technologist and Researchers

Discover how planning and disaster recovery professionals can utilize machine learning tools

Disaster recovery professionals and technologists have started utilizing technology designed to identify property damage based on data inputs through a trained machine learning model. Our team seeks to incorporate equity and localization into damage assessment models and focus on transparent knowledge sharing in data collection and annotation and training a machine learning model. We hope to improve the recovery process and support future research in the field.

About the Project

This project is a joint effort by students and faculty within the Master of Urban and Regional Planning program at the University of Michigan and the National Disaster Preparedness Training Center (NDPTC) as a Capstone project for the Winter 2022 semester. Using Hurricane Ida and the Greater New Orleans Area as a case study we worked to add technology to disaster response. We collected images of damaged homes to train a machine learning model during the visit and met with individuals like Tab Troxler, the St. Charles Parish Assessor, who hosts thousands of relevant disaster images for our project. In talking with professionals and organizations on the ground, we confirmed our goals of adding local knowledge and context to our machine learning tool.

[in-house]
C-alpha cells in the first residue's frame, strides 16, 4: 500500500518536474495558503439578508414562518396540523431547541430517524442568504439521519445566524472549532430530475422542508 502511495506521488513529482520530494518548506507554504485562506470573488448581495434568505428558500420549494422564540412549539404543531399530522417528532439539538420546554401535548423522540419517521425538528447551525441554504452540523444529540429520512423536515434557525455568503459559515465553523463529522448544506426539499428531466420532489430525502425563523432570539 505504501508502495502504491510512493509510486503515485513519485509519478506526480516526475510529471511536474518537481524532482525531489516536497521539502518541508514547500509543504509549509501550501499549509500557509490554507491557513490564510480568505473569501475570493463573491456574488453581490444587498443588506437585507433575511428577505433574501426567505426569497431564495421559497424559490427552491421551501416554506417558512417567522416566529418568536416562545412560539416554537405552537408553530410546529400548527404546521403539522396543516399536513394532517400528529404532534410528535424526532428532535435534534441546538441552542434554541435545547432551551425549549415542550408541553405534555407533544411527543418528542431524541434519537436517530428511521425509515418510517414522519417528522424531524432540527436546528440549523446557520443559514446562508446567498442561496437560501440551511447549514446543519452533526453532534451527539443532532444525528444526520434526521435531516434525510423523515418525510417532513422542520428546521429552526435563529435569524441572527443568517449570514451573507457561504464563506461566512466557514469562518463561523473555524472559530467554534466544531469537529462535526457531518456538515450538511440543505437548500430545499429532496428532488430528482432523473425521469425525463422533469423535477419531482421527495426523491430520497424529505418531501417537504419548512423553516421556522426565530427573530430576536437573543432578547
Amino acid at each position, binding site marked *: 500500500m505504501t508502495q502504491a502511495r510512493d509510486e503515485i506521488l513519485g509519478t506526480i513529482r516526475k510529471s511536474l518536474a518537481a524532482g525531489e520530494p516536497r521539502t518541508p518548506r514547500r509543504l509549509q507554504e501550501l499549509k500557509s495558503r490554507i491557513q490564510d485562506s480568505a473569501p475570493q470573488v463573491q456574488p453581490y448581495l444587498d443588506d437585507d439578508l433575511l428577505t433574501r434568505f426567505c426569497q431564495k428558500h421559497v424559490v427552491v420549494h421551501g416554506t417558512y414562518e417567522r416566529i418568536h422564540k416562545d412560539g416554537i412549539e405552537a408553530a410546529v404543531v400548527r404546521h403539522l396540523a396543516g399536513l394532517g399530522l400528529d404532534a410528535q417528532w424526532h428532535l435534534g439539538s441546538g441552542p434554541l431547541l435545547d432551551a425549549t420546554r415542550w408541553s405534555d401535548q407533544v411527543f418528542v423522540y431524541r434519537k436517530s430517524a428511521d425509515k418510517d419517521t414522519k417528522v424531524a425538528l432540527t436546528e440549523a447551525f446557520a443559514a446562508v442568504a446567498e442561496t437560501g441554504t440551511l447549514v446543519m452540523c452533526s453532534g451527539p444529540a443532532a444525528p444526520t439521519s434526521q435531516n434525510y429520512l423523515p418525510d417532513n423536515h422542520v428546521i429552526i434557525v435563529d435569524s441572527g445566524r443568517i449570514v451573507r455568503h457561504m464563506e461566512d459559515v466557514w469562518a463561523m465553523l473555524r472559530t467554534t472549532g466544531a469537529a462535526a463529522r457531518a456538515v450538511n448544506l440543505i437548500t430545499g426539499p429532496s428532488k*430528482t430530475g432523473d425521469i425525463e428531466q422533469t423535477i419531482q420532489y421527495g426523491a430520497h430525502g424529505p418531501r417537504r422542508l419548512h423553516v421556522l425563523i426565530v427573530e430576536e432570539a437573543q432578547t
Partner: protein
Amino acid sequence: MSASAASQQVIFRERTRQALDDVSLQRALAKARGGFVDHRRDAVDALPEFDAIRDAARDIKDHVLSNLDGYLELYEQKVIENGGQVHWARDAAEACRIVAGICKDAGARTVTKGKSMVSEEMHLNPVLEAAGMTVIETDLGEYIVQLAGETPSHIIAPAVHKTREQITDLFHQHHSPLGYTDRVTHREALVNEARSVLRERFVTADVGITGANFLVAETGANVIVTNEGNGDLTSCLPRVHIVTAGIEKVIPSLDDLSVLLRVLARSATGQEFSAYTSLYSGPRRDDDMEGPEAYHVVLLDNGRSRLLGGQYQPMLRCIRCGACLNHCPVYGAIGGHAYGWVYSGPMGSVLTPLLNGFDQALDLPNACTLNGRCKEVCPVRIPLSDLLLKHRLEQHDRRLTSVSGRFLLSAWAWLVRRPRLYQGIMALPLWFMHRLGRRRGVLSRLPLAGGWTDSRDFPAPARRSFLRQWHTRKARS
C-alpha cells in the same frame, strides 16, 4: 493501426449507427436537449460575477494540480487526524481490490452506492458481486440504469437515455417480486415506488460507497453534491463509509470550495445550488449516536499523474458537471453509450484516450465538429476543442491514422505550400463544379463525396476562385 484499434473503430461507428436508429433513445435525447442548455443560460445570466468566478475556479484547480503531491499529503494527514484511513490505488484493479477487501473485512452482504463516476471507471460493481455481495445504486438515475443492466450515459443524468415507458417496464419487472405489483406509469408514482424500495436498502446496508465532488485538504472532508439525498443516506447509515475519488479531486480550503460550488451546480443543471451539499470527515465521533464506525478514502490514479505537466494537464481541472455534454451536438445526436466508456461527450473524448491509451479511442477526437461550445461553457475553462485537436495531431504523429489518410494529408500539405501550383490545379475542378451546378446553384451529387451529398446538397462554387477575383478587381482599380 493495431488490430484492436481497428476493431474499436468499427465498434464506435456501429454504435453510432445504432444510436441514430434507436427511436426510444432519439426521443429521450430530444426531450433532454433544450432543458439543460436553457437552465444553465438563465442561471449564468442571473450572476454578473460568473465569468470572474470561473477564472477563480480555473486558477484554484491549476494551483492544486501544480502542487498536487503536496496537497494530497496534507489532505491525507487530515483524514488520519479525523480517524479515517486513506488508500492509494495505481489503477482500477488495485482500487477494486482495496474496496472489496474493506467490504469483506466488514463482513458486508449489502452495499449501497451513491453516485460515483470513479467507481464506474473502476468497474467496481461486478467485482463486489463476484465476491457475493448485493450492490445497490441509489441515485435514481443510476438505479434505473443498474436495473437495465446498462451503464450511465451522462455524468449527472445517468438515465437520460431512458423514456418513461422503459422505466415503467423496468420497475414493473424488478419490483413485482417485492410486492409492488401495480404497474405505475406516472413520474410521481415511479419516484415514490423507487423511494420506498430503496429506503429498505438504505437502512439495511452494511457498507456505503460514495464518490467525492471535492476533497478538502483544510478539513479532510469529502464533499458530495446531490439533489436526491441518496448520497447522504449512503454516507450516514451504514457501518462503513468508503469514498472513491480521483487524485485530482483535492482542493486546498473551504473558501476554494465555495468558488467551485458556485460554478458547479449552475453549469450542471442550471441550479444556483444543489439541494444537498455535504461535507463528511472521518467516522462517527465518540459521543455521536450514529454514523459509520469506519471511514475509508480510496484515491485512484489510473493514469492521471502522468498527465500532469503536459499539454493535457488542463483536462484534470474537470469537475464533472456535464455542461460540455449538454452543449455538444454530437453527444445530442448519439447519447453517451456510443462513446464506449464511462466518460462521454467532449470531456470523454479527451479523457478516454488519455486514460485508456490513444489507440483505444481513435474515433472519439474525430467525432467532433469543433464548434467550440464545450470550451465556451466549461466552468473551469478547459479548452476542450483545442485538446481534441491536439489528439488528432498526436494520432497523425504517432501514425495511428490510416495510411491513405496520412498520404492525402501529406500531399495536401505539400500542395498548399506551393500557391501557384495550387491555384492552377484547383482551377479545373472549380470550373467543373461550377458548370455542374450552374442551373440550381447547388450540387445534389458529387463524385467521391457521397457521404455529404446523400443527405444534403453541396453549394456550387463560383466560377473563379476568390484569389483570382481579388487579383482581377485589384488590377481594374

We’re making machine learning more accessible to the planning and disaster recovery fields.

We’re sharing the resources we used and created to bridge the knowledge gap between technologists and planning and disaster recovery professionals. Through our research, we've curated datasets, and standardized annotations relative to norms and best practices in the recovery profession. We've found the development of auditing protocols enhances machine learning models in damage detection.

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We're integrating imagery and computation into an efficient, equitable damage assessment process.

By integrating computer-based automation and artificial intelligence, damage can quickly be envisioned at both the macro and micro levels. Aerial damage assessment classifies structural damage at the parcel level, and analysis of street-level. This combines to ease the burden of individual assistance requests.

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We're reimagining vulnerability and community capacity.

Our recovery social vulnerability index incorporates several key community variables that expand the understanding of pre-disaster vulnerability. Our goal is to introduce a new way of thinking about capacity based on community organizations.

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